Why not leave the view set to show just next actions? There are a few cases where you’ll want to see a broader view. For example, suppose you have a context for things to talk about with your Mom. When you give her a call, you’ll probably want to see all the available actions for that context. That way you can take care of everything in one conversation. As another example, if you aren’t feeling particularly pressed for time, you might want to view available actions so you can pick the most interesting thing to do next, rather than just narrowly focusing on next actions.
When you use the View popover to tell OmniFocus to narrow the list of tasks, notice that the text below the context names changes to let you know what sort of tasks are shown. This also gives you an idea of what tasks are hidden.
OmniFocus doesn’t forget the hidden tasks. Remember that you can always tap the View icon and switch to showing remaining tasks to see the ones that were hidden. (You can even choose to show all tasks if you want to look at all the work you’ve already accomplished.)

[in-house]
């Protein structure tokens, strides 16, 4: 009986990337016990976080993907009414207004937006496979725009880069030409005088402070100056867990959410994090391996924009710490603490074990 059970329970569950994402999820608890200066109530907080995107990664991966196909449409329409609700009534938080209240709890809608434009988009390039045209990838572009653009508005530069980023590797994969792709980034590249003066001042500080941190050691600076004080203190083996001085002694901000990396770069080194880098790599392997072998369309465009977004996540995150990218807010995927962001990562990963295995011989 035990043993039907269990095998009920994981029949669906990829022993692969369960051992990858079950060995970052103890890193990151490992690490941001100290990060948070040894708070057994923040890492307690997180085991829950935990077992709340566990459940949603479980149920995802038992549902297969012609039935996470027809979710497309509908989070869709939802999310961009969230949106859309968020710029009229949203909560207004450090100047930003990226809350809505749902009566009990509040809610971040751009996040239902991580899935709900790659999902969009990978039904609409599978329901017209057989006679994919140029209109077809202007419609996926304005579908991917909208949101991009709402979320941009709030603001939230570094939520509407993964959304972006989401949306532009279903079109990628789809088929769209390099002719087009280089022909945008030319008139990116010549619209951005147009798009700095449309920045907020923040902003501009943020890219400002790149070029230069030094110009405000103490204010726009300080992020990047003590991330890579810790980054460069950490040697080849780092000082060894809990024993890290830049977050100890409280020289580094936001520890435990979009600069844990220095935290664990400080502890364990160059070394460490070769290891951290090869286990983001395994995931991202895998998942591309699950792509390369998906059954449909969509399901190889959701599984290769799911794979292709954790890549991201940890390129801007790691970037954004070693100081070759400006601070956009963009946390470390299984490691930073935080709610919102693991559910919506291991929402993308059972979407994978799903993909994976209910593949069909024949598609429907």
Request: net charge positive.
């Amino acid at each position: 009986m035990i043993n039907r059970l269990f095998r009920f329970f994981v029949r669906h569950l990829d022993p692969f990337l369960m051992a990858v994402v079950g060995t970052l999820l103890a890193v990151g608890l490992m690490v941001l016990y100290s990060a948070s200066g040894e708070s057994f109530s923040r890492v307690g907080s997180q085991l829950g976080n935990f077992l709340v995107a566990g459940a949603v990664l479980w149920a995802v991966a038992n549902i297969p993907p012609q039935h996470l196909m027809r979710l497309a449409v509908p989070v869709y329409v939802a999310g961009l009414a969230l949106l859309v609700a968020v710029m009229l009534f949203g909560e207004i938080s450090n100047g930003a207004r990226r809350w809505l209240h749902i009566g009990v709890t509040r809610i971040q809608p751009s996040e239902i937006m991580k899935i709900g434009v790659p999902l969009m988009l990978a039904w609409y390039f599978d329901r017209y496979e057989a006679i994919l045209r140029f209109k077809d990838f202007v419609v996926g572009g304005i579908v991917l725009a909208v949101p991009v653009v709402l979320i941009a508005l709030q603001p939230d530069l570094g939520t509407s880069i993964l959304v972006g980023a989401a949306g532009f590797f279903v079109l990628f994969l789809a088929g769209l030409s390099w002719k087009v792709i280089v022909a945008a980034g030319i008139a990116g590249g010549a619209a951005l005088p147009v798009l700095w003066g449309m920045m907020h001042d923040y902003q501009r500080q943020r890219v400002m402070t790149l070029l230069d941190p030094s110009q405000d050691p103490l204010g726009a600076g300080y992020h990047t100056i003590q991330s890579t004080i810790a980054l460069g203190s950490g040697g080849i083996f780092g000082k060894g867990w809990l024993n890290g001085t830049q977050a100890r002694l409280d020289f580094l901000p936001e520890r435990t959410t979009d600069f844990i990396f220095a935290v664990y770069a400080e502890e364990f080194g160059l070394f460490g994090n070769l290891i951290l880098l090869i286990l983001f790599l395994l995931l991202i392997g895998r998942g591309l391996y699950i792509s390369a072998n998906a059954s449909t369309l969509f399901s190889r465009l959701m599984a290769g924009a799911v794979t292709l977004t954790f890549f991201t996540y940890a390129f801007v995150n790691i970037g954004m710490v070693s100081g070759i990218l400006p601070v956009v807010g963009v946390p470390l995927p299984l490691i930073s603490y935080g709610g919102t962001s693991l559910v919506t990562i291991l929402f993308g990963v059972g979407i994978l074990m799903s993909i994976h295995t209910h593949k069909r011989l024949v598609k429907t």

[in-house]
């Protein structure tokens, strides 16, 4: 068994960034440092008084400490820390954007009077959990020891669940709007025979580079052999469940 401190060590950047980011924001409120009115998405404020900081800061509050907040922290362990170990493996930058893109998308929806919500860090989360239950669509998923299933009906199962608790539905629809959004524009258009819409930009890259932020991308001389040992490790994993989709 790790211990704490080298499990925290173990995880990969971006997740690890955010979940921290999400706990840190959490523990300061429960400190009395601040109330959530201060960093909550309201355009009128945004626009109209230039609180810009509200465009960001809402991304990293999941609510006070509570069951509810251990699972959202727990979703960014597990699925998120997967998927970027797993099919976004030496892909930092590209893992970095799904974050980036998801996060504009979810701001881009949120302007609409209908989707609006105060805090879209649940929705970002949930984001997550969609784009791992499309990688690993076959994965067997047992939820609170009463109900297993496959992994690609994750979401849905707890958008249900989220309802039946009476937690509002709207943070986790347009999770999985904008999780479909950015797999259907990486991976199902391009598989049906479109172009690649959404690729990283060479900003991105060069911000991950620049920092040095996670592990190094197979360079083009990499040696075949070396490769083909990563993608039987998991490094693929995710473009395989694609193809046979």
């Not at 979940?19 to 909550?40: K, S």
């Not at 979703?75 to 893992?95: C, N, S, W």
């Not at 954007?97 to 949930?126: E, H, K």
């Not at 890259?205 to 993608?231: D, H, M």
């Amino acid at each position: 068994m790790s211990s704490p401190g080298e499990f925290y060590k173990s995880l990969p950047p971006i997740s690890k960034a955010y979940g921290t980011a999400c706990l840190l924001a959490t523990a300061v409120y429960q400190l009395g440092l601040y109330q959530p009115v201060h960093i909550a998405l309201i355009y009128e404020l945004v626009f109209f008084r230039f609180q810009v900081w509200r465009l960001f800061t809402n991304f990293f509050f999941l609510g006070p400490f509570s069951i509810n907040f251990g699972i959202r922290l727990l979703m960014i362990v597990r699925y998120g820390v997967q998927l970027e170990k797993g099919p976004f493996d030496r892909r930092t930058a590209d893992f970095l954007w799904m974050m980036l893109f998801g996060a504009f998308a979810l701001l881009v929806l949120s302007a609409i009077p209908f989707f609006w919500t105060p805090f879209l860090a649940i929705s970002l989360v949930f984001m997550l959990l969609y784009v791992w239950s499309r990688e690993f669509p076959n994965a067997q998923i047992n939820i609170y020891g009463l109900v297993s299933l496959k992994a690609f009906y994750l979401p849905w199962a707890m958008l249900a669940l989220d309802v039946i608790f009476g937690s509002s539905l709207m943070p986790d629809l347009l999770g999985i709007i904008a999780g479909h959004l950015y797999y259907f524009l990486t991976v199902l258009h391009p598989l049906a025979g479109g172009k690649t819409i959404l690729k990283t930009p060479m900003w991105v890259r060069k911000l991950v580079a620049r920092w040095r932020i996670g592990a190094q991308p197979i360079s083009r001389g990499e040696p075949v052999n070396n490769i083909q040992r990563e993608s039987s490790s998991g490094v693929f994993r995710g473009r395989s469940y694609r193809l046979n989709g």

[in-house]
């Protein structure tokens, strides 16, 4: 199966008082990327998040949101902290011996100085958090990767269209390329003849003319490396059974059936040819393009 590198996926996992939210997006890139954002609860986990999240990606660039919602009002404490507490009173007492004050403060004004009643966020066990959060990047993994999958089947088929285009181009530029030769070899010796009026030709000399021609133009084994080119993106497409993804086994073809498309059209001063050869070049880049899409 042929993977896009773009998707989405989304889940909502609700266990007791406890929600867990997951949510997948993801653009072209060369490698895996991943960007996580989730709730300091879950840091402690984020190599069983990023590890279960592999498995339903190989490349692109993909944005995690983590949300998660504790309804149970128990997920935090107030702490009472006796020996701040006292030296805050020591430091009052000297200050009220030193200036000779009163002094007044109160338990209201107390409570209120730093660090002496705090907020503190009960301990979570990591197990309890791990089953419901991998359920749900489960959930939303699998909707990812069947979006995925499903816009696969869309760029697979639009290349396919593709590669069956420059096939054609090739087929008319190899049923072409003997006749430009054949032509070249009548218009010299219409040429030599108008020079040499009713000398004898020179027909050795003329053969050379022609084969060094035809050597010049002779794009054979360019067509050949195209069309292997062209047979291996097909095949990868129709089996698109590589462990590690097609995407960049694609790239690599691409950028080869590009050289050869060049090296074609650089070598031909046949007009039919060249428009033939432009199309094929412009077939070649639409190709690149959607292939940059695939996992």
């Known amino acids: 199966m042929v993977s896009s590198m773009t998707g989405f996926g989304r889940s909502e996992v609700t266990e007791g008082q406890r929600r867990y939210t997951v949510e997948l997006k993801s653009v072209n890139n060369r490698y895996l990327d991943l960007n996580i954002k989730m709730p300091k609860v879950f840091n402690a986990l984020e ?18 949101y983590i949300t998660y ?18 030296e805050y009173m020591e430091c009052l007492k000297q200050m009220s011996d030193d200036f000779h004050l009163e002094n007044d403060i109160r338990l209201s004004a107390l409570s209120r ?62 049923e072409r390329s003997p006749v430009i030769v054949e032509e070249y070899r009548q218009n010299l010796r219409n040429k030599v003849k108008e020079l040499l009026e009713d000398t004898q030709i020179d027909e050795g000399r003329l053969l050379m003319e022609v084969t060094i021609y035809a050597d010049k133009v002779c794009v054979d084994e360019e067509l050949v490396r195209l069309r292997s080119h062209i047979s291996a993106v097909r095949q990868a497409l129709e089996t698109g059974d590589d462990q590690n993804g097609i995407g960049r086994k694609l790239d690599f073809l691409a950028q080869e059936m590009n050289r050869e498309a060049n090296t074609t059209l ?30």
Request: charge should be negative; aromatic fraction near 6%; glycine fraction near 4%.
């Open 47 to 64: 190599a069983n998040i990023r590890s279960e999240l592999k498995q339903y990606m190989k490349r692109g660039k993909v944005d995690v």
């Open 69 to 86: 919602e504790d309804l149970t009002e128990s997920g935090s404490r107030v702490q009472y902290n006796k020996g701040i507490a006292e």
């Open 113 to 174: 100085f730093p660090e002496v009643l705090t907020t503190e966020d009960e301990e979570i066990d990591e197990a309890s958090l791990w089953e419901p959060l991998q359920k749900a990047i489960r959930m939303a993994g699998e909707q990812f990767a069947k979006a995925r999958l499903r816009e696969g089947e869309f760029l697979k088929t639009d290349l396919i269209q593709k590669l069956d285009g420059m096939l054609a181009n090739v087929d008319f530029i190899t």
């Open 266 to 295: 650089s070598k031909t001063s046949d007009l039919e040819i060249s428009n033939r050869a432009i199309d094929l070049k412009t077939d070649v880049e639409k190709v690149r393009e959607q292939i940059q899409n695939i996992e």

The other editions of OmniFocus also have controls for narrowing the tasks and contexts that you see. OmniFocus for iPhone has a View icon in its toolbar that works the same as the one on the iPad. In OmniFocus for Mac you can control which context is displayed by selecting it in the sidebar. You can control the visible tasks using the View Bar, available by choosing Show View Bar from the View menu.
Focusing on a Project
Sometimes it’s useful to focus on just a single project. For example, suppose you’re working with some teammates to finish up a report and prepare for your presentation in the morning. You want to focus on just that project and hide all your other tasks. Here’s how to do that:
For the Home view of the sidebar, tap on Projects.
Find your Finish Team Report and Presentation project in the main view.
Press and hold on the project until the popover menu appears.